Before you go out murdering adorable kittens, we need to stress that the chances of catching the parasite from cats, if you’re doing anything other than handling cat feces directly and not washing your hands after, is infinitesimally small. So much so in fact that owning a cat is not considered a risk at all in terms of acquiring Toxoplasma gondii, unless you’re pregnant. This is due to the fact that Toxoplasma gondii parasites can be passed from a mother to her child while she’s pregnant. And, as noted, a severely weak immune system, such as the baby has, is a recipe for death when acquiring this parasite. However, even this generally isn’t much of a risk unless the woman in question first acquires the parasite while pregnant. But given the consequences include potential death to the child, it’s recommended to be ultra careful concerning this parasite when pregnant. Otherwise, you’re probably going to be fine.
We say probably because although the vast majority of people are perfectly safe from harm from the parasite, up to a third of people worldwide, are infected with it. (Yes, 1 in 3.) Further, about 40% of people in the U.S. have been exposed to the parasite at some point (often in unwashed vegetables or undercooked meat) and about 15% of people in the U.S. have the telltale cysts in their heart, nervous system tissues, and skeletal muscle, with each cyst containing many thousands of the parasite. However, it’s likely that the vast majority of these people will never realise they’re infected and never suffer any ill effects as a result of the infection. As noted by the official Public Health England website, the symptoms of toxoplasmosis in ordinary, healthy people are usually nondescript and mild. If any symptoms do show up, it generally only happens when you first acquire the parasite, and these are simply mild flu-like symptoms that last a couple weeks.
So, in the end, despite the fact that a third of the world is infected with this parasite, unless you have a crippling disease that’s ravaging your immune system, are getting an organ transplant, or are a tiny baby, it will probably never bother or affect you in anyway.
Again, we say “probably” because there is a growing, but as yet unproven concern that the parasite can cause a number of mental health problems. For example, research conducted by the Maryland School of Medicine found that women infected with the parasite were “1.5 times more likely to attempt suicide”. Other studies have linked the parasite to even more alarming health issues such as schizophrenia and even brain cancer.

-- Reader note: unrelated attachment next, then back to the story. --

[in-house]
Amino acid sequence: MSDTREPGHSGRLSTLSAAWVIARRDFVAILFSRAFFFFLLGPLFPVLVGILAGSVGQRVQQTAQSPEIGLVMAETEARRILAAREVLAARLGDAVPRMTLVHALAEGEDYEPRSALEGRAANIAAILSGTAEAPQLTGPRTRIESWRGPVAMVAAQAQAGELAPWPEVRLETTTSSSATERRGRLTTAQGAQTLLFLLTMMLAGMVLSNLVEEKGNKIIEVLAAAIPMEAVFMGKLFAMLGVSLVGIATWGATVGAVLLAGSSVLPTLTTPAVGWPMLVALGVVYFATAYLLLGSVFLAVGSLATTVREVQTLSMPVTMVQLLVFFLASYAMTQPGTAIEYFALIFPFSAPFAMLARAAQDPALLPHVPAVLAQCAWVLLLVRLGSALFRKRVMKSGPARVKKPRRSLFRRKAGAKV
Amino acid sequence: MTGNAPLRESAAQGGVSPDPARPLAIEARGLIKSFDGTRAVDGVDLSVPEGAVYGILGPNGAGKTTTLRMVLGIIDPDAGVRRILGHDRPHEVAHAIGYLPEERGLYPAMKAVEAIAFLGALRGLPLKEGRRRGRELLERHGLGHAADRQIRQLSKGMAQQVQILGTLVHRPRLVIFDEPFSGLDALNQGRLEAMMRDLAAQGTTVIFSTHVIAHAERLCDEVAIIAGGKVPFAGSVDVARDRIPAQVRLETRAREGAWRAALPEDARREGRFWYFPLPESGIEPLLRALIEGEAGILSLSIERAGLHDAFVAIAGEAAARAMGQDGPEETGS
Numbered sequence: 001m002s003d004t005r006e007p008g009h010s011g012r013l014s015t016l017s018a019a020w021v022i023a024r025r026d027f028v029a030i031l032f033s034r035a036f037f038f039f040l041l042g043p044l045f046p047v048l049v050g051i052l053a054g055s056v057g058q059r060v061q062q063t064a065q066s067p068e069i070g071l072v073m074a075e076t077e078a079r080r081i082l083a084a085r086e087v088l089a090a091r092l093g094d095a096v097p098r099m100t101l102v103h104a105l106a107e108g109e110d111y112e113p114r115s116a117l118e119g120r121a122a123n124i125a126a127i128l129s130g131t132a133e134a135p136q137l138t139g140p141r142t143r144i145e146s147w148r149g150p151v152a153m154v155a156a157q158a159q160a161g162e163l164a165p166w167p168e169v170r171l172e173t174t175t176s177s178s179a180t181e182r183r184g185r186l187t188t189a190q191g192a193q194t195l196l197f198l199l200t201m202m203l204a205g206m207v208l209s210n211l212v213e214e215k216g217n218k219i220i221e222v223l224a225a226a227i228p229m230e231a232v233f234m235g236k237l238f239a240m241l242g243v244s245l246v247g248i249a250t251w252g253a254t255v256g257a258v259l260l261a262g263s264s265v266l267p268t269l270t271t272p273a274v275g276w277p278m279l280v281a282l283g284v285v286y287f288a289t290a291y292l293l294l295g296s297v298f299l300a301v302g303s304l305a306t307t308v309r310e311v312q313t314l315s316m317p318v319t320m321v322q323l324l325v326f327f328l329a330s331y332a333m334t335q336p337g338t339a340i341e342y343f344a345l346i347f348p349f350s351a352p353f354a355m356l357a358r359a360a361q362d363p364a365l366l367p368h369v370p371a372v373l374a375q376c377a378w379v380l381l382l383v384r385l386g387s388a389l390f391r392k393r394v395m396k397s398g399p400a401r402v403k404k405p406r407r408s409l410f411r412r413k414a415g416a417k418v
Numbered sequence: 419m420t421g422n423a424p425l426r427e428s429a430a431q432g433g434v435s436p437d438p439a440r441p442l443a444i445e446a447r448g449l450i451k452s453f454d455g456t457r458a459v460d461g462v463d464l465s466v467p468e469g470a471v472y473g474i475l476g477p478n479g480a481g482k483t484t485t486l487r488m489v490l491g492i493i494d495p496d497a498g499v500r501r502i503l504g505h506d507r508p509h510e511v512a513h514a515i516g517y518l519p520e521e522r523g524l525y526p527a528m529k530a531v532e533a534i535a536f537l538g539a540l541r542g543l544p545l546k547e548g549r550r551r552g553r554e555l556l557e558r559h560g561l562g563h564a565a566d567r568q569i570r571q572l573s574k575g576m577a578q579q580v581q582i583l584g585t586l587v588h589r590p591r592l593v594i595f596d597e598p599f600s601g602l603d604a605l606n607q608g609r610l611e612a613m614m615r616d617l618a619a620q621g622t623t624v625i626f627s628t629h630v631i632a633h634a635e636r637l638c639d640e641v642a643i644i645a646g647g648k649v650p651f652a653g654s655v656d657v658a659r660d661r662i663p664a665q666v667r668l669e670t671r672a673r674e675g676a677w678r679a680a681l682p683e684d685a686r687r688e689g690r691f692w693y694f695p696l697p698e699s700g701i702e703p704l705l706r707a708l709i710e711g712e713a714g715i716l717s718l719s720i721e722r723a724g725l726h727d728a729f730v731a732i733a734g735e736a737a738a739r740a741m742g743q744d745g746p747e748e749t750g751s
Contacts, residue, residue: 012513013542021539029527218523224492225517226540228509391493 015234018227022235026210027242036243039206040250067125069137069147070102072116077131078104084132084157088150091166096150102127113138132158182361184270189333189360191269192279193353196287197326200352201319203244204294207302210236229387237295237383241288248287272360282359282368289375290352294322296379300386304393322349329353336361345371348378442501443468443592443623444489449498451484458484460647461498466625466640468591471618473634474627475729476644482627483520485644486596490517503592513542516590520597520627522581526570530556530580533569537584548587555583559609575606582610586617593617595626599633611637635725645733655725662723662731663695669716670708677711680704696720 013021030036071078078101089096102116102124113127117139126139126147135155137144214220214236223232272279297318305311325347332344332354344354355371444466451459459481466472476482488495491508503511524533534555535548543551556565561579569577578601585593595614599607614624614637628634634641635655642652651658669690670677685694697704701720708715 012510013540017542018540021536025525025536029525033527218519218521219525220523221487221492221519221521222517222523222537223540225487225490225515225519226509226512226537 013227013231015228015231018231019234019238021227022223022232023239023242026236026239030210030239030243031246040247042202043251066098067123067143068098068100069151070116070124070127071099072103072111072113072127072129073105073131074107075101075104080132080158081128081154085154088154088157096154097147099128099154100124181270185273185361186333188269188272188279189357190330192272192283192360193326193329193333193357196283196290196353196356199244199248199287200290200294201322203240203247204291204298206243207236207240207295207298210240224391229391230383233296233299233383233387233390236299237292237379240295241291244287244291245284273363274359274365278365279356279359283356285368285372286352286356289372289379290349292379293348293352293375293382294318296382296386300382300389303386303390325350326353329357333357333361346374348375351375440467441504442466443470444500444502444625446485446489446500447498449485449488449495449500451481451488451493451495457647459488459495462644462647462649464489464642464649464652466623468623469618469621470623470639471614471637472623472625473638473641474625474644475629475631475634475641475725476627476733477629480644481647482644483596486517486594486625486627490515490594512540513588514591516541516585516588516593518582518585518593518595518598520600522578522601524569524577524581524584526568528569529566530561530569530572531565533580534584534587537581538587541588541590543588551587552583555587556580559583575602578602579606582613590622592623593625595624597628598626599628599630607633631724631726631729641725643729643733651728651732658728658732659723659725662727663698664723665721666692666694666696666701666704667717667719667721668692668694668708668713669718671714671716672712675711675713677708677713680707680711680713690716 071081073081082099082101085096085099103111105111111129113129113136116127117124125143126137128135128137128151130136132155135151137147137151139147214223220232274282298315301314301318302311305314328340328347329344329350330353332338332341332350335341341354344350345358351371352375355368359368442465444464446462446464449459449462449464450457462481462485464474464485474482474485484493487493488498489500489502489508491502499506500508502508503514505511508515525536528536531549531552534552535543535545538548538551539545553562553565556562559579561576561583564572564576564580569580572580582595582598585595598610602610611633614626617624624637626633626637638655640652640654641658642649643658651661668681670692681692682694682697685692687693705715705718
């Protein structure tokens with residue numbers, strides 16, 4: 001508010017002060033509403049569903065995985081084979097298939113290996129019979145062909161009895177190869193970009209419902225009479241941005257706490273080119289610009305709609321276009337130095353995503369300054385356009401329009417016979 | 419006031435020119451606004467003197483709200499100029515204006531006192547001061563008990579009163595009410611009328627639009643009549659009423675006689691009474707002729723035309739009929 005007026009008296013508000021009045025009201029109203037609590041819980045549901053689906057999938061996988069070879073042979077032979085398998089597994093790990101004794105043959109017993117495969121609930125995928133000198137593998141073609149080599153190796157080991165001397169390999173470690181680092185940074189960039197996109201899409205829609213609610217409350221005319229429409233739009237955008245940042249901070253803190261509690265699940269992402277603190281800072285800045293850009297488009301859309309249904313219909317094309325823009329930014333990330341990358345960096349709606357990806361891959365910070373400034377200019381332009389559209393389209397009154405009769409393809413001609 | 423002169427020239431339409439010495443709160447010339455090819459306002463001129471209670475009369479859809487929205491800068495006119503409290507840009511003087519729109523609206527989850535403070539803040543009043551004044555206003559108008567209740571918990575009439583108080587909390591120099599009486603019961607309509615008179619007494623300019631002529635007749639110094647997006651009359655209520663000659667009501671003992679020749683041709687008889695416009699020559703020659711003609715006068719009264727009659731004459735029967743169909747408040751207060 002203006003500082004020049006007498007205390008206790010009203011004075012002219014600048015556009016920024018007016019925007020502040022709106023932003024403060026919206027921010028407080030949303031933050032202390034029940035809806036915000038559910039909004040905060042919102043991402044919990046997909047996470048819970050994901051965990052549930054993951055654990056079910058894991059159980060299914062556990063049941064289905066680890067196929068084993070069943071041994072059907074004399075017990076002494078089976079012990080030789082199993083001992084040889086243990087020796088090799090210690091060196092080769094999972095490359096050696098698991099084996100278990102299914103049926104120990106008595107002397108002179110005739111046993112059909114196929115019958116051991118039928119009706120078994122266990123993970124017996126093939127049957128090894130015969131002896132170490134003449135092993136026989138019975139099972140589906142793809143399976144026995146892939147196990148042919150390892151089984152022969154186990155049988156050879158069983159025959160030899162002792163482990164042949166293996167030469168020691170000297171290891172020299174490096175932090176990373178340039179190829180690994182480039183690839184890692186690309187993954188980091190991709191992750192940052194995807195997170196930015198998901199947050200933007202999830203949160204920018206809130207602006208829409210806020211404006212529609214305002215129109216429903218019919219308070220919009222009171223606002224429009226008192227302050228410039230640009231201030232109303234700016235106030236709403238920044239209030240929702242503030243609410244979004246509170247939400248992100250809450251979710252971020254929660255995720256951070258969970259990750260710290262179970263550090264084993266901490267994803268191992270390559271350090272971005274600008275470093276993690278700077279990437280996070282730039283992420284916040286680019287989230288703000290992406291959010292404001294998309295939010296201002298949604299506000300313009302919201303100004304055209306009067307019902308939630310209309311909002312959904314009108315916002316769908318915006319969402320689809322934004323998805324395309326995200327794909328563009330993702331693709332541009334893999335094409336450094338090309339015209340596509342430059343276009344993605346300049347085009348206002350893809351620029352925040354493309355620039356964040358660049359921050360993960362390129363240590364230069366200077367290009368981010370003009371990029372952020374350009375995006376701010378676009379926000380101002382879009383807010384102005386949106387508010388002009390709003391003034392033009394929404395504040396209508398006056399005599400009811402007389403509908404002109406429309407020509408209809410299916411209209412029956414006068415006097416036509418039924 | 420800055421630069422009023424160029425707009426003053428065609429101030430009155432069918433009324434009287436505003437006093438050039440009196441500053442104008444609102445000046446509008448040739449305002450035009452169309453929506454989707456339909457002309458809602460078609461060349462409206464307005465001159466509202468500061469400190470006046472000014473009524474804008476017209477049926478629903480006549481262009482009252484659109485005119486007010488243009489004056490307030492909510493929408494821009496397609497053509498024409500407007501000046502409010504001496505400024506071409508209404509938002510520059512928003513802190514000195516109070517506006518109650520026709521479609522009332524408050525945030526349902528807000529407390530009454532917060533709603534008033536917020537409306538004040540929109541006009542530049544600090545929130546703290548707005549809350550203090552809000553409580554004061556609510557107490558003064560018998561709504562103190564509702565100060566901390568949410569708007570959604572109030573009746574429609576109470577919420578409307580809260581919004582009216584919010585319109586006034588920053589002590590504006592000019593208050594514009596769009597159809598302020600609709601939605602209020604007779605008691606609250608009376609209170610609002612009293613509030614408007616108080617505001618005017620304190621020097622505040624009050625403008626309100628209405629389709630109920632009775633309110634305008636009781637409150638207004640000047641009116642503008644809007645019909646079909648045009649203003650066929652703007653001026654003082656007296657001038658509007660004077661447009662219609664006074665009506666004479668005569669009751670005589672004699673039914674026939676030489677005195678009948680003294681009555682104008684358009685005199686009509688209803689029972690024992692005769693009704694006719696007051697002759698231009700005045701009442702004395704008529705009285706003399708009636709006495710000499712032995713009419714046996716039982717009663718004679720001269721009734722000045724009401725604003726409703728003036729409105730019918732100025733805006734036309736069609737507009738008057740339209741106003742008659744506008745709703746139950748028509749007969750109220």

By far the most fascinating thing about the parasite, however, is its apparent ability to control the mind, or at least the behaviour of certain of its hosts. Specifically, rats infected with the parasite will become unusually attracted to the scent of cat urine, a scent they’d usually avoid like the plague. Terrifyingly, the parasite seems to accomplishes this by completely and permanently overriding the rat’s natural fear of cats and their distinctive odour. Instead, the rat becomes intensely sexually attracted to it instead. Needless to say, this makes it much more likely that the rat will be eaten by a cat, which allows the Toxoplasma gondii to get inside its preferred host. As of yet, (thankfully) no such mental change has been noted in human beings.
In the end, our own immune system keeps the majority of symptoms, and by extension the parasite, at bay. When it doesn’t, for example in immune deficient people, the subsequent disease often results in death, with initial complications including encephalitis (inflammation of the brain) and pneumonia.
- The Parasite that Becomes a Tongue
- The Parasitic Sacculina That Bends Its Host to Its Own Will
- Mind Control: From the Inside Out
- The Eleven Thousand Year Old Contagious Cancer Still Multiplying Today
- Why Native Americans Didn’t Wipe Out Europeans With Diseases
- Toxoplasmosis in Cats
- Toxoplasma gondii in immunocompromised patients
- Cat Parasite Linked to Suicide Attempts in Humans
- General Information Toxoplasmosis
- Are women who own cats a suicide risk?
- Mind-Controlling Parasite May Increase Brain Cancer Risk
- Predator Cat Odors Activate Sexual Arousal Pathways in Brains of Toxoplasma gondii Infected Rats
- History of the discovery of the life cycle of Toxoplasma gondii